Think twice before telling anyone you’re an entrepreneur — you just might get sued.
Entrepreneur Media Inc., the Irvine, Calif.-based publisher of Entrepreneur magazine, owns a trademark on “entrepreneur” and has been enforcing it against firms using the word in periodical and website titles. Targets have included Asian Entrepreneur, Publishing Entrepreneur and The Entrepreneur, a newsletter produced by Carnegie Mellon University. According to EMI legal counsel Mark Finkelstein, EMI even owns “entrepreneur” in Canada and in several sectors outside of magazine and website publishing.
Scott Smith of Sacramento, Calif.-based EntrepreneurPR has been fighting EMI over the word since 1998. When EMI threatened legal action, Smith changed the name of his quarterly, which prints paid profiles of small businesses, from Entrepreneur Illustrated to BizStarz. In late April, EntrepreneurPR and EMI faced off in U.S. District Court.
Who won? At press time the decision was pending. But the real question for other … er, entrepreneurs … is whether their innocent moniker could attract legal attention. Could Gardening Joe trademark “gardening” and then sue Jim’s Gardening? Could Shingle Depot sue Shingle Land?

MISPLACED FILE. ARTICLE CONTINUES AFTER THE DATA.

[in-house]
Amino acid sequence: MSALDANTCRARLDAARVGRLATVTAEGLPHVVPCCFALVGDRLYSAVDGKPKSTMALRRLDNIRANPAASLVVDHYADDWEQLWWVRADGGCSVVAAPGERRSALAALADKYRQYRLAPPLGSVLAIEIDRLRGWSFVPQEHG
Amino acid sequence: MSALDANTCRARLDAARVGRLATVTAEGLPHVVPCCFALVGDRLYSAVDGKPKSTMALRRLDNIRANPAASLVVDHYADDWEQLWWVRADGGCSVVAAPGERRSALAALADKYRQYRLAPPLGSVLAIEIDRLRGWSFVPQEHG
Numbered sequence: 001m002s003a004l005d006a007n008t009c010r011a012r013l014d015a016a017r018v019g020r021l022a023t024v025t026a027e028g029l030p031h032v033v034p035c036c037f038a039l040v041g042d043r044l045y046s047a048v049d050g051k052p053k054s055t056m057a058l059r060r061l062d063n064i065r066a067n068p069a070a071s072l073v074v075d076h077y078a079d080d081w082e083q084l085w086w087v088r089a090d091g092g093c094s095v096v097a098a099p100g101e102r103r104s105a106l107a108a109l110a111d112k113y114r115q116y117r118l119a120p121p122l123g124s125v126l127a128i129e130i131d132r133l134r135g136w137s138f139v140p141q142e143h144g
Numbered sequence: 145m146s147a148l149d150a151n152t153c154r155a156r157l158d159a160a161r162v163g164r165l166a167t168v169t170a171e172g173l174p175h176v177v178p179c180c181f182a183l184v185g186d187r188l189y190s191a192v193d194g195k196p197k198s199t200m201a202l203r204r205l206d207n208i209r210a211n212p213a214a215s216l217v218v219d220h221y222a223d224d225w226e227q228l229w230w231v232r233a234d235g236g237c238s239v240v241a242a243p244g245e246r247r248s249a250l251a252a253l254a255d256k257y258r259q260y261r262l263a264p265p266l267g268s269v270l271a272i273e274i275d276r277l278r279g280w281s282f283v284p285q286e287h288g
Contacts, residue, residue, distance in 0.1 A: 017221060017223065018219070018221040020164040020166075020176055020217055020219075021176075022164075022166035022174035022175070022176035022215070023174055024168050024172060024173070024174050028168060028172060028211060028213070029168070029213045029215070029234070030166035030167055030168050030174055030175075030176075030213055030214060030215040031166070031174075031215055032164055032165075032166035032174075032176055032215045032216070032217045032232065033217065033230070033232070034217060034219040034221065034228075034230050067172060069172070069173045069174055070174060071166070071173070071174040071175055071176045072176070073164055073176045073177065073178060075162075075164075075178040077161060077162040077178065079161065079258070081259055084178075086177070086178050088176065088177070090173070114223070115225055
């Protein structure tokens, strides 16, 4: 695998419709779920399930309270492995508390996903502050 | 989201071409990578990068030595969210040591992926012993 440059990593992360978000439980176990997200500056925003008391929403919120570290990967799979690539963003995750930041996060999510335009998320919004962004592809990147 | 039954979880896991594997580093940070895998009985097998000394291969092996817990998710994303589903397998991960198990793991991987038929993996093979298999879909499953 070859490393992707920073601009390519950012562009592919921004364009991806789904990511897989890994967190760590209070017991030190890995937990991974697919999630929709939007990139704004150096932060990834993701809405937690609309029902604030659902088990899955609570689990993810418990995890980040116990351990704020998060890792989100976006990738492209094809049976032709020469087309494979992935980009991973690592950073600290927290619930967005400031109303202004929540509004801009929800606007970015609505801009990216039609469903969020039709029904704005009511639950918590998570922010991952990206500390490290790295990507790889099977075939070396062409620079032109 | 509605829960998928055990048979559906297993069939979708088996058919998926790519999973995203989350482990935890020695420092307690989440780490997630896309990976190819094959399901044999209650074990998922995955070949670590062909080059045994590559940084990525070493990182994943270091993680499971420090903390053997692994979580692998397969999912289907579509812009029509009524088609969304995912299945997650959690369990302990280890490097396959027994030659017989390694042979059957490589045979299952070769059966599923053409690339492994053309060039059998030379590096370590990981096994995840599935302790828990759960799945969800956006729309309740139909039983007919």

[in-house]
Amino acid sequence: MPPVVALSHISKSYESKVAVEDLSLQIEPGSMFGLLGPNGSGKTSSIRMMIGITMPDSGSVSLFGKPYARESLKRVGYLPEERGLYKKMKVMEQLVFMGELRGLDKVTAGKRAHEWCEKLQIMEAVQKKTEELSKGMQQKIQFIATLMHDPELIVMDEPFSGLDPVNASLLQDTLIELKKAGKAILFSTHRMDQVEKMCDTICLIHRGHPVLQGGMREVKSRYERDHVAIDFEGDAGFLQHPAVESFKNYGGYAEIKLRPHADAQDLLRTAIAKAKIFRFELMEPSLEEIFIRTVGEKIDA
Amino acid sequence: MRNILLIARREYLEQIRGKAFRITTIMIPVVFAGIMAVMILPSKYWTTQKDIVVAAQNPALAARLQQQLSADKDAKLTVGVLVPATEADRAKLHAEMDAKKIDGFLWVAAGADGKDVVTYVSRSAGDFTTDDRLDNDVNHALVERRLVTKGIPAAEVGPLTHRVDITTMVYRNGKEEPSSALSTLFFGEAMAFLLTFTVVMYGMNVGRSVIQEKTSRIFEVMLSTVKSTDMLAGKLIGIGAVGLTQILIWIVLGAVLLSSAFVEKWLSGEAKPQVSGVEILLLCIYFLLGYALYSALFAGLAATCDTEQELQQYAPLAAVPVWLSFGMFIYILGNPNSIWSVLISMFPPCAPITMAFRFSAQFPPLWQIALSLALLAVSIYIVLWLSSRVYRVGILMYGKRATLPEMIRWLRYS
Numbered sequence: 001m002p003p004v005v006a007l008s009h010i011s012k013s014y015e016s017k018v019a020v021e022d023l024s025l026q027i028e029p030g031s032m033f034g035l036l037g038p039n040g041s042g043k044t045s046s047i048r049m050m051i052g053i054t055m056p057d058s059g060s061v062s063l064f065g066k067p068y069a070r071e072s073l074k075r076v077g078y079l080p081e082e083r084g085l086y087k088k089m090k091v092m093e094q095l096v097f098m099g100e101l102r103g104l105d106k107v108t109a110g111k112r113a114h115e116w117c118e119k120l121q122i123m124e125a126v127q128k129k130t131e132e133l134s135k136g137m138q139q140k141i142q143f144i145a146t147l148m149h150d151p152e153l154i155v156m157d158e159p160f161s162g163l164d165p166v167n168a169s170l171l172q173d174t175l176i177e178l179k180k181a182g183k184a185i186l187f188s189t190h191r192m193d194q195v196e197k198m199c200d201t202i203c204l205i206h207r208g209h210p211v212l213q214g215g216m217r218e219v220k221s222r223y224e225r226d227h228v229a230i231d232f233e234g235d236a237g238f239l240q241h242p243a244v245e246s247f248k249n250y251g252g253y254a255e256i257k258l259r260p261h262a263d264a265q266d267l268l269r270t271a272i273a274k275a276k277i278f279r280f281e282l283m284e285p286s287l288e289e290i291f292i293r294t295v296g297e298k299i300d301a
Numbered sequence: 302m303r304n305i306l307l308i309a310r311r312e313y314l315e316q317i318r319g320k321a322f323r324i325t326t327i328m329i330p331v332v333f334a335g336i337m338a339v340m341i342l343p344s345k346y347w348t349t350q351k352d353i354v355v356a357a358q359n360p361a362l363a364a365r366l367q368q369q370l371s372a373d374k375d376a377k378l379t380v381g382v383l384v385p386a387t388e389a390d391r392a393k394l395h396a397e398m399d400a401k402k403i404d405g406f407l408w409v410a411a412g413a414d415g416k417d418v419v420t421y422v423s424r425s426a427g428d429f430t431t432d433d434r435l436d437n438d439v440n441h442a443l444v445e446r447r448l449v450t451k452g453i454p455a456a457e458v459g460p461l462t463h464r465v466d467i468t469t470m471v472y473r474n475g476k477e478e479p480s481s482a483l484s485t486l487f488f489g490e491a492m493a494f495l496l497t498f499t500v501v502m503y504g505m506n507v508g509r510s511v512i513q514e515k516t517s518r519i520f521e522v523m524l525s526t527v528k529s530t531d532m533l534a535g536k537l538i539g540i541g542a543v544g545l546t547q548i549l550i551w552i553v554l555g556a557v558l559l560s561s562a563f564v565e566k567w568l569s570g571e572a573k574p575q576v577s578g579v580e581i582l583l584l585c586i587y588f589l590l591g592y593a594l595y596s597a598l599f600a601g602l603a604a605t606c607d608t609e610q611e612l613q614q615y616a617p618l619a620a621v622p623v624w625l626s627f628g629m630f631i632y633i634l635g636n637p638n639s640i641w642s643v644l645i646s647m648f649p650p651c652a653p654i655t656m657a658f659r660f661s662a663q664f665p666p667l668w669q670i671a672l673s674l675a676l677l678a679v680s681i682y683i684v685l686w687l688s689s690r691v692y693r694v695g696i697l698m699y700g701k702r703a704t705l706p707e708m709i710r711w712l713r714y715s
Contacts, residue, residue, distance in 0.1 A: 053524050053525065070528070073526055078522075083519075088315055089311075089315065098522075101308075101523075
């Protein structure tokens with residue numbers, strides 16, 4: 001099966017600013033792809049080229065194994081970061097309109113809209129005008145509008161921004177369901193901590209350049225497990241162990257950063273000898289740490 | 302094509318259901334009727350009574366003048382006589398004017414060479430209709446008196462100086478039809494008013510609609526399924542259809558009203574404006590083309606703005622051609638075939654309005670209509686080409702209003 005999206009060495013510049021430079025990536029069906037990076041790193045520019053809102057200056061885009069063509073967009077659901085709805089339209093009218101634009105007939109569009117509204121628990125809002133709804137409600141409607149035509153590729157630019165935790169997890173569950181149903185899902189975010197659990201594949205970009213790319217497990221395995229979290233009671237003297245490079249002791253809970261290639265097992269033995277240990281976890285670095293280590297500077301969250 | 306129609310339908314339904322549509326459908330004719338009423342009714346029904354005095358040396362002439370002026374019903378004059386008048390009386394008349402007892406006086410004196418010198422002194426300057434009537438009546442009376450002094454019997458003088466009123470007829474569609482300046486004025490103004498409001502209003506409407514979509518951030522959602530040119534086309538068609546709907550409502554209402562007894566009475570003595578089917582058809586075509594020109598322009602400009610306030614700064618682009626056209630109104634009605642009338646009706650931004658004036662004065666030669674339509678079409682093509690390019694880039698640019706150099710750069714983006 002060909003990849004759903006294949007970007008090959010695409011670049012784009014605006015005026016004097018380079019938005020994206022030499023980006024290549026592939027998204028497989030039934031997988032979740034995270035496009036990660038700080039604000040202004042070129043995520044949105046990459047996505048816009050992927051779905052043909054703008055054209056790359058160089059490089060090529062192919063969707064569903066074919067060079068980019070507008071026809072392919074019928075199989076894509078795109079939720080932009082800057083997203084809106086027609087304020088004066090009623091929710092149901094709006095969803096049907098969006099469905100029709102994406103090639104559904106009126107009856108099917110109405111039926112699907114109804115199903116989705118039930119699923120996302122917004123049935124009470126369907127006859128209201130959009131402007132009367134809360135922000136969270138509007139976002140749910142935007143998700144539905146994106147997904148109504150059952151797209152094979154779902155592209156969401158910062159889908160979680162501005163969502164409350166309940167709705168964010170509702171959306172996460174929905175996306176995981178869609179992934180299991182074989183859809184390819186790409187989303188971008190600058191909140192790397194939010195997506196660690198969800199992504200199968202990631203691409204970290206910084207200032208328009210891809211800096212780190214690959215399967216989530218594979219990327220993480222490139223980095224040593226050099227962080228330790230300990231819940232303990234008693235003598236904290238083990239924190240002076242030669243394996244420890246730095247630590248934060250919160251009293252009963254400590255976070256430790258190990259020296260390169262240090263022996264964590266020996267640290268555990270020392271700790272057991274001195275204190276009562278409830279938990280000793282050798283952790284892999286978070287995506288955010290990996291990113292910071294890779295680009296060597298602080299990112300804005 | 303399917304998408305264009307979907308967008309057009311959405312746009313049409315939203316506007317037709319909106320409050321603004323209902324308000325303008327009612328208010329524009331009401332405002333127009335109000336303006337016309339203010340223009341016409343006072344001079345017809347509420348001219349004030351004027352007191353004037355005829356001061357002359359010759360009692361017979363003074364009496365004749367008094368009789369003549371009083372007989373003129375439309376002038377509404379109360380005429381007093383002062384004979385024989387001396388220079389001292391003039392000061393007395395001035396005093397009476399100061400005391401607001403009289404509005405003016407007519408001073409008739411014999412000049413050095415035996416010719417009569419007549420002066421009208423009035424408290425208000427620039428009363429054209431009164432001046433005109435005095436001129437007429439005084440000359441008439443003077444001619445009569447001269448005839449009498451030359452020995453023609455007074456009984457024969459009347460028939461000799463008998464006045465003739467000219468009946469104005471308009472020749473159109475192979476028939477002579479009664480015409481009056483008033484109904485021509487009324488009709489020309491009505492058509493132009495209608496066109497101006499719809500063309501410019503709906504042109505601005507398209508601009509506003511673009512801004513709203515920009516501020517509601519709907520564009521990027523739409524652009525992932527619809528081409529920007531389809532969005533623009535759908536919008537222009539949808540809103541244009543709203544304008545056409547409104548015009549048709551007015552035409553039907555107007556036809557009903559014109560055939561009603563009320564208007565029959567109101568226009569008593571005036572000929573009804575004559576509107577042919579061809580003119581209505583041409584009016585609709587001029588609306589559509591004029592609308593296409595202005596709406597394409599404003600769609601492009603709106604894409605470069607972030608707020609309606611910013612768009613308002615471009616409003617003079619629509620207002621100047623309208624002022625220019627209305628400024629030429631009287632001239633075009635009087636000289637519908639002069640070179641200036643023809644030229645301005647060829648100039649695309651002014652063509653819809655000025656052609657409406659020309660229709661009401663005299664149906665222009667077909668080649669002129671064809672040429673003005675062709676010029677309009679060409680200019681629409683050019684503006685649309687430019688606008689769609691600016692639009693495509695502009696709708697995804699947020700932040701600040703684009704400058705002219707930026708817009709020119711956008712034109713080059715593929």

Eric Swetsky, a Toronto lawyer specializing in trademark law, notes that trademark strength varies with the context. For instance, a ubiquitous and descriptive word such as “entrepreneur” receives narrower protection than a contrivance such as “Kodak”. Still, Swetsky recommends you investigate trademark issues surrounding your name. But if a bigger plaintiff comes calling, he says, it’s often fiscally prudent for a smaller company to relent and change its name. Just ask Smith, whose legal battle has cost US$100,000 so far.
© 2003 David Menzies